- Current Name : Izmir - An ancient city located at a strategic point on the Aegean coast of Anatolia. - One of the Seven Churches of Asia in the Book of Revelation (2:8-11) - The church at Smyrna was a suffering church (Rev. 2:8). It was warned about an impending persecution and that some of its members would experience martyrdom (2:10). - The church at Smyrna would receive the “crown of life� (2:10). - Polycarp, the Great Martyr, was the Bishop of Smyrna


Revelation 2:12-17 - Current Name : Bergama - Pergamum was briefly the capital of the Roman province of Asia, before the capital was transferred to Ephesus. - An early seat of Christianity and was granted a bishopric by the second century. - The Church at Pergamum, one of the Seven Churches of Asia, was mentioned as a dwelling place of Satan and a location of his throne, and that an early bishop named Antipas was martyred there.


Acts 16:8,11, 20:5,6, 2Tim 4:13 - Region about ancient Troy, on the northwest coast of Asia Minor. - Troas was the scene of the events of the Iliad and was an ancient center of Aegean civilization. - The Spirit of Jesus and a vision from a man in Macedonia directed Paul to take the Gospel across the Aegean Sea to Europe. - Paul passed through Troas on the return voyage of his third missionary journey. - Paul mentioned his visits to Troas in his Epistle to Corinthians and to Timothy.


Cross the Strait of Dardanelles!


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Acts 16:11 - Current Name : Kavala - Meaning : New City - The Nearest Harbor from Troa - The Starting Point of Europe Mission of St. Paul. He stepped at this harbor with Silas, Luke and Timothy via Samothrace. - It was built as the gate city of Philippi.


Acts 16:12, 20:6, Phil 1:1, 4:15 1Thess 2:2 - Established by Philip II in 356 BC. - It was a Roman colony and the leading city of that district of Macedonia. - St. Paul visited Philippi in AD 49 and preached for the first time on European soil in this city. And he visited here on two other occasions, in AD 56 and 57. - Paul baptized Lydia, a Purple dye merchant, in a river to the west of the city. - Because exorcism of a demon from a slave girl Paul and Silas arrested and prisoned after public beating. An earthquake caused their prison to be opened. - When the jailer awoke, he prepared to kill himself, but Paul stopped him, indicating that all the prisoners were in fact still there. The jailer then became one of the first Christians in Europe


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1. Neapolis Gate 2. Gate of the Theatre 3. Still being used the Theatre 4. Gate to the Main City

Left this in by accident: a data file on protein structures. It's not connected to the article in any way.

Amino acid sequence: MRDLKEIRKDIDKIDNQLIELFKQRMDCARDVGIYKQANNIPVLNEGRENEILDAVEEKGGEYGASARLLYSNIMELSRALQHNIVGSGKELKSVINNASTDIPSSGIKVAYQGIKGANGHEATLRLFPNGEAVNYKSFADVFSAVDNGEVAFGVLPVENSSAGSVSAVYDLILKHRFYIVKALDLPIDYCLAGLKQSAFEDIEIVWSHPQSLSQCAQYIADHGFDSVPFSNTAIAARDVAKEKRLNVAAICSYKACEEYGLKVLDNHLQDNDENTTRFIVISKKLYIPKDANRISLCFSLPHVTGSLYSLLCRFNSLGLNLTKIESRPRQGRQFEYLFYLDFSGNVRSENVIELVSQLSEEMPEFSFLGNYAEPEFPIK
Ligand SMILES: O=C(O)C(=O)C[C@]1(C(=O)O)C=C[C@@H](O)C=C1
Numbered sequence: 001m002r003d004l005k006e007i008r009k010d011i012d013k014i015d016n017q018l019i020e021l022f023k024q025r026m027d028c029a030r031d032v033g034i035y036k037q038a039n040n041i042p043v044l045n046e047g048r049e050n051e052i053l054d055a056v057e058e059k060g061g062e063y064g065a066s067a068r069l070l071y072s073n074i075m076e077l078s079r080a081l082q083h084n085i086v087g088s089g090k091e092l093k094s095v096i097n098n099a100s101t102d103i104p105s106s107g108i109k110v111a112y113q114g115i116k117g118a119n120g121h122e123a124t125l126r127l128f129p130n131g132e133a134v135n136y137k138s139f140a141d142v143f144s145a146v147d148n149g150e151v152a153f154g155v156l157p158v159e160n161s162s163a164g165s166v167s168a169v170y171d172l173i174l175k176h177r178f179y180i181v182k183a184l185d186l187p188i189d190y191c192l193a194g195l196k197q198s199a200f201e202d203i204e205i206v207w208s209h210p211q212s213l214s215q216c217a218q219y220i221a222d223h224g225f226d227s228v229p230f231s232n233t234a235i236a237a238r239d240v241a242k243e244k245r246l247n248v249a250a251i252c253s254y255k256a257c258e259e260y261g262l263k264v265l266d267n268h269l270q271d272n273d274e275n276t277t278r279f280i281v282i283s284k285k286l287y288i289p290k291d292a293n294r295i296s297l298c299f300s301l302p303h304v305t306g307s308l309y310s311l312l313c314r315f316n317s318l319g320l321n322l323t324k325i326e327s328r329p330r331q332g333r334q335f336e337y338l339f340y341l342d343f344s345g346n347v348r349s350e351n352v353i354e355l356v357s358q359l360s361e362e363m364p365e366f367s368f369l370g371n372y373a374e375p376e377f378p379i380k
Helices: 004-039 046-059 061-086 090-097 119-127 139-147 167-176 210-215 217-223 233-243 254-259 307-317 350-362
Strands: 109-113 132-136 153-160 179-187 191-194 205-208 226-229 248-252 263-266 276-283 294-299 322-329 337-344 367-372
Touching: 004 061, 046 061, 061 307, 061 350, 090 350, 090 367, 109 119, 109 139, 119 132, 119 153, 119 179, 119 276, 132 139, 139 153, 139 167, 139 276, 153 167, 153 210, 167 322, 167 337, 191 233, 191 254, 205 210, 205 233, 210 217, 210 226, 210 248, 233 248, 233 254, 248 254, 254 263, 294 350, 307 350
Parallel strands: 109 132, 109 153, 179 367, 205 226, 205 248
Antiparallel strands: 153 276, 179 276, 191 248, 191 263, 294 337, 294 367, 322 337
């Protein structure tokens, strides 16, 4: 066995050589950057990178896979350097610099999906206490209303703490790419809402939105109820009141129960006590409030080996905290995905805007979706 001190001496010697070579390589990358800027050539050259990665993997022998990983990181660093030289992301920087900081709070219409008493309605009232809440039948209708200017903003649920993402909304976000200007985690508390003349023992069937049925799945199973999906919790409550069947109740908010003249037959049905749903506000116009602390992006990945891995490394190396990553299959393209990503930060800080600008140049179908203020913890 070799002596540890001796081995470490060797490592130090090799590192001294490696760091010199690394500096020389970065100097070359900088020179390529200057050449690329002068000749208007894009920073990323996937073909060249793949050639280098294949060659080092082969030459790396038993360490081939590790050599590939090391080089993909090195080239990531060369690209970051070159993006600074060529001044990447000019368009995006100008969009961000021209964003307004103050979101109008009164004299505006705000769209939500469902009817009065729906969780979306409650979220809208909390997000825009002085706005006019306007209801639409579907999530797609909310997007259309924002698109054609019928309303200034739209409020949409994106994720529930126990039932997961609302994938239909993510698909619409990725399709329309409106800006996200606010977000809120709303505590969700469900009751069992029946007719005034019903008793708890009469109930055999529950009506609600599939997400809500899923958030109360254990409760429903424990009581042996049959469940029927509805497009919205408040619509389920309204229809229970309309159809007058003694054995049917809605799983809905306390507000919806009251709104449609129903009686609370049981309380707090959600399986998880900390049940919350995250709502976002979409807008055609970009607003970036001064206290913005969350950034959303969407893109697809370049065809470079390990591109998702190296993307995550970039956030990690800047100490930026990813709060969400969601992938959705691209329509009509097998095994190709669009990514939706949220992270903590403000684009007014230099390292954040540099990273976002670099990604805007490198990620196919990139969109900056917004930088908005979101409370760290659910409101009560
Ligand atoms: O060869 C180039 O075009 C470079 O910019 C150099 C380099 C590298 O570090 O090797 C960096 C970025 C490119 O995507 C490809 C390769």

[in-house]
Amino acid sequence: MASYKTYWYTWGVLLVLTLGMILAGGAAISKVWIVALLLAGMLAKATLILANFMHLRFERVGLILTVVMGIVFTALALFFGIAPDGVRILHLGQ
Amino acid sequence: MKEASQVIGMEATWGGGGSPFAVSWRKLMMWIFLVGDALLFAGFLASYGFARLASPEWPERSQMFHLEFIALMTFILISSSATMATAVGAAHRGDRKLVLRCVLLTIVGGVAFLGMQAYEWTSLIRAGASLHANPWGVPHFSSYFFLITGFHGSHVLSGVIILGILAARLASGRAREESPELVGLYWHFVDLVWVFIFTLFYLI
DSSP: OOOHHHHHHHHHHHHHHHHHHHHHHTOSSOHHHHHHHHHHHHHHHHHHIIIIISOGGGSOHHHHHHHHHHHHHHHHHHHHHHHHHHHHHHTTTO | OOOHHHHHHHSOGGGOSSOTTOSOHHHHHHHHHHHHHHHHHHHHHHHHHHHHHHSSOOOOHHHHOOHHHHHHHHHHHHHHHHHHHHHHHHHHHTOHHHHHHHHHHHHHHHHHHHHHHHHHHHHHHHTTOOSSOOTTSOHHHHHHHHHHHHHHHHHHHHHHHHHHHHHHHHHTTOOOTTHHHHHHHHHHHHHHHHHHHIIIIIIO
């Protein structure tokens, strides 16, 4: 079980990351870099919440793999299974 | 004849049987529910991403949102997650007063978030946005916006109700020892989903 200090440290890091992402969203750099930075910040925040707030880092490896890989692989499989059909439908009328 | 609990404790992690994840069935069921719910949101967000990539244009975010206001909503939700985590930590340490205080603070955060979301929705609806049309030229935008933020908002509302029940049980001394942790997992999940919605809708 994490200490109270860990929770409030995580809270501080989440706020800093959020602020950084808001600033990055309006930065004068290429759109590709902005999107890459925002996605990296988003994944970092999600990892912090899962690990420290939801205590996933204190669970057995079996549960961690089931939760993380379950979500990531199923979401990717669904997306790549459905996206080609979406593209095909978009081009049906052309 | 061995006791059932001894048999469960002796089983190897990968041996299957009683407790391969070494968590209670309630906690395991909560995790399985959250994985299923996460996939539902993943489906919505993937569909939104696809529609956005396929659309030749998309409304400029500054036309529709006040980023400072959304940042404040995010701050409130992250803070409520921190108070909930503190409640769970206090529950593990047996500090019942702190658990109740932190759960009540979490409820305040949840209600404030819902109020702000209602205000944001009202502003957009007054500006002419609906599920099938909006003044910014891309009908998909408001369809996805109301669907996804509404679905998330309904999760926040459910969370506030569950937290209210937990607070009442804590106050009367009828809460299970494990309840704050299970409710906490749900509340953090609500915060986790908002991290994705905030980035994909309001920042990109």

- The first “church building� built in Philippi destroyed by an earthquake shortly after its completion. - The earliest large basilica at Philippi (5th century AD) was known as Basilica A, spread over an area almost as large as the Roman forum. - The two-storied basilica featured elegant frescoes in its various chambers, a long, broad nave. - Excavations have revealed another basilica N of the Egnatia, to the W of and below Basilica A, which was carefully built and richly appointed with fine marble materials.


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1. Outer Scenery of the Jail 2. Inside of the Jail Paul Prisoned

3. In front of the Jail 4. Picture of the Situation what was happened to Paul & Silas


- An ambitious attempt to build a church building with a dome; the structure was top-heavy and collapsed before it was dedicated. - An even more grandiose church building (the so-called Basilica B) was begun South of the forum adjacent to the Palaestra. - It was to have been crowned by an enormous freestanding dome which collapsed prior to completion of the church. It was 47m wide and 62m high, known as bigger than the Hagia Sophia in Constantinople. But it was destroyed by the Bulgarian Invaders in 9th Century. - Three more ancient church buildings have been found in Philippi.


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1. Beautifully decorated Aisle 2. Fine and Slender designed Floor 3. This Basilica of Paul, identified by this Mosaic inscription, is dated around 343 AD from a mention by the bishop Porphyrios, who was present at the Council of Serdica that year.

4. Baptism Hall of the Basilica


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1. The Landscape of the Forum. It was 46m wide, 100 long marblecovered square made by Marcus Aurelius, the Roman Emperor. 2. Shops surrounded the Forum. 3. Egnatia Odos; Main Roman road, from the Adriatic Sea along the northern shore of the Aegean Sea through Thrace to Byzantium.

4. All main cities of Roman world were connected this Egnatia Odos.


Acts 16:14, 40, Phil 4:2

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1. The River where Paul preached to the women and met Lydia. It was quite big River at that time, but now became a small stream. 2. Sunday Worship remembering with Lydia. 3. Lydia Memorial Church on her House. 4. Scene of Baptism to the Family of Lydia (Paul, Silas, Luke and Timothy)


Acts 17:1